A major baby formula recall prompted a recent price increase and a widespread shortage of four brands. This article discusses the baby formula recall, the CDC investigation into possible price gouging, and Associated Press coverage of the issue. We also discuss how to avoid buying unsafe formula for your child. If you’re a parent, here are some tips to stay safe. Read on for more details. Also read about the steps the government is taking to help consumers.
Shoppers Drug Mart recalls four types of Abbott baby formula
A shop at Shoppers Drug Mart in Ontario, Canada, has voluntarily recalled four types of Abbott baby formula due to a possible contamination. The contaminated products did not smell or look spoiled, but they may still contain bacteria that can cause serious infections in infants. The bacteria are called Cronobacter and can cause a range of serious infections including bloodstream and central nervous system infections.
These bacteria are known Baby formula Recall to cause blood poisoning and an intestinal infection. Symptoms of the bacterial contamination include fever and diarrhea. Because of the weakened immune system of infants, these infections can be fatal. Parents should seek medical attention if they suspect their children may have been exposed to contaminated baby formula. A full list of affected baby formulas can be found at the Shoppers Drug Mart recall website.
CDC investigates possible link to bacterial infection in four infants
A recent baby formula recall in the United States has prompted a flurry of concerns and a rash of health problems among infants. The company behind Similac, Alimentum, EleCare, and others has voluntarily recalled their baby formula products. The company has not confirmed or denied the link, but said genetic testing had shown that there was no connection between the four infants. The CDC is currently investigating the conditions in the manufacturing and distribution facilities and whether they contributed to the outbreak.
During a recent inspection of the facility in Sturgis, Michigan, the FDA found potential contamination in baby formula. The CDC also confirmed a single Salmonella illness in an infant who received the recalled formula. The CDC is working with state and local partners to monitor the outbreak and determine whether additional cases of foodborne illness are linked to the infant formula recalled.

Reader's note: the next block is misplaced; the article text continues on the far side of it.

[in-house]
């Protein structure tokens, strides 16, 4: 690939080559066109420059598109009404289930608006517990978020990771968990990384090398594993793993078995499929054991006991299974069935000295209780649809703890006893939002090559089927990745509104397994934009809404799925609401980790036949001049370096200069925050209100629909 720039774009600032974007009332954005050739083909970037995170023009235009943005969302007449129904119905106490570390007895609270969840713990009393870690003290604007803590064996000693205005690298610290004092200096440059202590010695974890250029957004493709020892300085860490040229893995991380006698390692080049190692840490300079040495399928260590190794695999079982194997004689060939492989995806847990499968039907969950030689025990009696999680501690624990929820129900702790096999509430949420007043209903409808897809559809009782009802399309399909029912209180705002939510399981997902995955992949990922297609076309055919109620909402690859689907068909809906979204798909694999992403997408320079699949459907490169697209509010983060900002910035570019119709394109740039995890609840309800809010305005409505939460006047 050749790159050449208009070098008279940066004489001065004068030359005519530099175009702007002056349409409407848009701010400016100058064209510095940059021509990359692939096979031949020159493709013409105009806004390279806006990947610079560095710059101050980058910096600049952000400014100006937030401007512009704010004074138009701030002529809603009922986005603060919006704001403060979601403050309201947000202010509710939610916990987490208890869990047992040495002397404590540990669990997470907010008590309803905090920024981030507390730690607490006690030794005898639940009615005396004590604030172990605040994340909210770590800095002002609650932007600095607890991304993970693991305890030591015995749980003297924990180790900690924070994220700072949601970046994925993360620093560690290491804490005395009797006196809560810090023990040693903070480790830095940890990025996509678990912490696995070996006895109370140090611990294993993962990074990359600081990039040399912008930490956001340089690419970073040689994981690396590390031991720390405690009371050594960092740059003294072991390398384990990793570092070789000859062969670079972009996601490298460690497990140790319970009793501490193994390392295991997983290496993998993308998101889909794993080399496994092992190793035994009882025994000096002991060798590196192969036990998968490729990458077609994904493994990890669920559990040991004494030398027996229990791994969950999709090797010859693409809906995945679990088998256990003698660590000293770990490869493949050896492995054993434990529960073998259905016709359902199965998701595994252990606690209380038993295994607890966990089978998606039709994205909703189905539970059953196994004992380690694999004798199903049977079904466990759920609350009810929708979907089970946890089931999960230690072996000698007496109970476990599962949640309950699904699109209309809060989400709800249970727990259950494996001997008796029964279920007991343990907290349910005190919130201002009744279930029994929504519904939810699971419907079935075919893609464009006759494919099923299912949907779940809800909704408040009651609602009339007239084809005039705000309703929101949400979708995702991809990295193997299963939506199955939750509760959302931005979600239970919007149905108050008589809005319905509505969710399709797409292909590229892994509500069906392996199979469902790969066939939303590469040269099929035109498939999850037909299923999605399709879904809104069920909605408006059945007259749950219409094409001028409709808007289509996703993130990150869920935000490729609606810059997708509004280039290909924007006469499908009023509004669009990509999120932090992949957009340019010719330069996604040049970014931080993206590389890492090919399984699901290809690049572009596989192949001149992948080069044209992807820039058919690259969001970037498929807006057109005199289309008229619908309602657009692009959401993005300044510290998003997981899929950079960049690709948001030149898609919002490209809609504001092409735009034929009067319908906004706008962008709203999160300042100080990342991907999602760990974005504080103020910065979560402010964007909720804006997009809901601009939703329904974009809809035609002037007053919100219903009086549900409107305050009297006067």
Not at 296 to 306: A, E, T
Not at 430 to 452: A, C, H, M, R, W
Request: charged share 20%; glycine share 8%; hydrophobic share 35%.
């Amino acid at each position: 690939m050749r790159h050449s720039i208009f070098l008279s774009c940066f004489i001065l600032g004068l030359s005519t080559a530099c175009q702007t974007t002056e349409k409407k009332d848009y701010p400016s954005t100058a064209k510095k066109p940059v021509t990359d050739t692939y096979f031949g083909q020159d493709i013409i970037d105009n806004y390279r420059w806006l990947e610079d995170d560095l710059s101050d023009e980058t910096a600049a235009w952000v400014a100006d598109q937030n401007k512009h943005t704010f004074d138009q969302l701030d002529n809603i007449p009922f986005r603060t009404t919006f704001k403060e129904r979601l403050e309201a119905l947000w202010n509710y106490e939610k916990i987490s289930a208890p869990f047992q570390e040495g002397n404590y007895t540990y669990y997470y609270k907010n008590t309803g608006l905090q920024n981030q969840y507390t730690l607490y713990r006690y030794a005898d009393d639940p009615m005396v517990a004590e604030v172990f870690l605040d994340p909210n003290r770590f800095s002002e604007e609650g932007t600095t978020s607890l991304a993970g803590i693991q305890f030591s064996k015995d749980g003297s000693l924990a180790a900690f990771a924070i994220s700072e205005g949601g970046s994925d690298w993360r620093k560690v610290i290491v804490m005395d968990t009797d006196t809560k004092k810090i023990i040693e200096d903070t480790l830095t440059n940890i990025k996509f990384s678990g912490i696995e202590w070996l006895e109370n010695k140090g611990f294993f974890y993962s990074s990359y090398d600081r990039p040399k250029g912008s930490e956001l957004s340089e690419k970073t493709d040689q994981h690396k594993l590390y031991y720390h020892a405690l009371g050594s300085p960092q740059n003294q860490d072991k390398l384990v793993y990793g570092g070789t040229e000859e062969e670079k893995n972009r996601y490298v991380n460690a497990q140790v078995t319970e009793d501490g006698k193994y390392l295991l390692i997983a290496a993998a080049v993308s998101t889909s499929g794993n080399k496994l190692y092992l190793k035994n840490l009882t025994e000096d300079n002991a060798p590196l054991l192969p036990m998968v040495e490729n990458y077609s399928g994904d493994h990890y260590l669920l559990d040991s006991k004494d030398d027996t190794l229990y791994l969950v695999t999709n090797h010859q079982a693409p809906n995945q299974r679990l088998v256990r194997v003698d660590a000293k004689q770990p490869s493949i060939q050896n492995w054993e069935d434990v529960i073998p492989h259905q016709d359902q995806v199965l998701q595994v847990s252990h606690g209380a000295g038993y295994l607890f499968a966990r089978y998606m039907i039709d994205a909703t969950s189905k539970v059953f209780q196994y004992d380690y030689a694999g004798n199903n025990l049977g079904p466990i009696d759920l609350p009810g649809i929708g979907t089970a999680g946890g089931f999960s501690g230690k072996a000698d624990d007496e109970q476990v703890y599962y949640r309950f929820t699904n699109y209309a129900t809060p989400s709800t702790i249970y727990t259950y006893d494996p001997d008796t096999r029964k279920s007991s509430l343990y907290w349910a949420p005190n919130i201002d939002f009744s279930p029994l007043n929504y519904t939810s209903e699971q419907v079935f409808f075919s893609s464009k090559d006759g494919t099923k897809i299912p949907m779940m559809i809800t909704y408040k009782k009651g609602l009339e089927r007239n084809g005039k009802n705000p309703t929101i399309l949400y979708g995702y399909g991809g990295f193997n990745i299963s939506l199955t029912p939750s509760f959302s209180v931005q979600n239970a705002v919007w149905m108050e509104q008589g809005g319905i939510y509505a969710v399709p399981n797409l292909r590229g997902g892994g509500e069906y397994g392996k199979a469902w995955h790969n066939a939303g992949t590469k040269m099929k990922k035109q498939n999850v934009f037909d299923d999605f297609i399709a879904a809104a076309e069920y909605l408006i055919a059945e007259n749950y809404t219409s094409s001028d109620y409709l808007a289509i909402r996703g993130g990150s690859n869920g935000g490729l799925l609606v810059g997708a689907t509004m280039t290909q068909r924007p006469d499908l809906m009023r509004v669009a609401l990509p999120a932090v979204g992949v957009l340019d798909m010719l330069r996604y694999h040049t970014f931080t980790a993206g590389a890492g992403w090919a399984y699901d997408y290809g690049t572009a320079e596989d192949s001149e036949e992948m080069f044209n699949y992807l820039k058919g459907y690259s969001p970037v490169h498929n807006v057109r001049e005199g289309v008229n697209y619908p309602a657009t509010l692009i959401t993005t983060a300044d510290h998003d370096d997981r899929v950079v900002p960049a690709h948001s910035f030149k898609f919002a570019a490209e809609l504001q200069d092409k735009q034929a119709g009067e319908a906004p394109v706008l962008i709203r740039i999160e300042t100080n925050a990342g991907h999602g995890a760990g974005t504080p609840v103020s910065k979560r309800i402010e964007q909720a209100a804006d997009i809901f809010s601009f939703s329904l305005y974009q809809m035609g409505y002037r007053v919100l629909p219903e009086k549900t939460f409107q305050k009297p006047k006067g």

FDA investigates possible price gouging
The Federal Trade Commission is investigating possible price gouging of baby formula in the US, after several reports revealed that some online sellers were charging up to double the regular retail price for the product. Parents said they were paying double the price in order to get specialized formula that was safe for their babies. Specialized formula is essential for infants who have a milk allergy or are premature. In addition, specialized formula helps premature infants develop properly.
The FDA cited Abbott Nutrition in Michigan for not being sanitary, and the investigation showed significant food safety issues at the plant. FDA inspectors discovered five different strains of the bacteria cronobacter. This was enough to prompt the recall. The food safety issues were further highlighted when FDA inspectors found five different strains of Cronobacter on the floor and wall of the plant. However, the problem could have been resolved sooner, with stronger leadership at the agency.
Associated Press reports about the recall
After the Associated Press reported this week that more than 6,000 bottles of baby formula had been recalled, lawmakers will hold hearings this week. The hearings will feature company executives, government regulators and outside experts who can provide insights on the safety standards of baby formula. The attention generated by the recall will likely prompt changes to the government’s food safety rules, which have been in place since the 1980s and currently favor big U.S. manufacturers. Although 98% of baby formula is manufactured in the U.S., only four companies make up nearly 90% of the entire market. That situation mirrors trends in the larger food industry.
Earlier this month, a third of the nation’s infants fell ill, causing a shortage of the product. Another 3,000 cases were reported in the same region. In February, the CDC found bacterial contamination in three powdered formulas made by the company. That prompted a recall of those products. Since then, more than 129 complaints have been filed against the company. In total, 119 babies have died and a fourth has been sickened.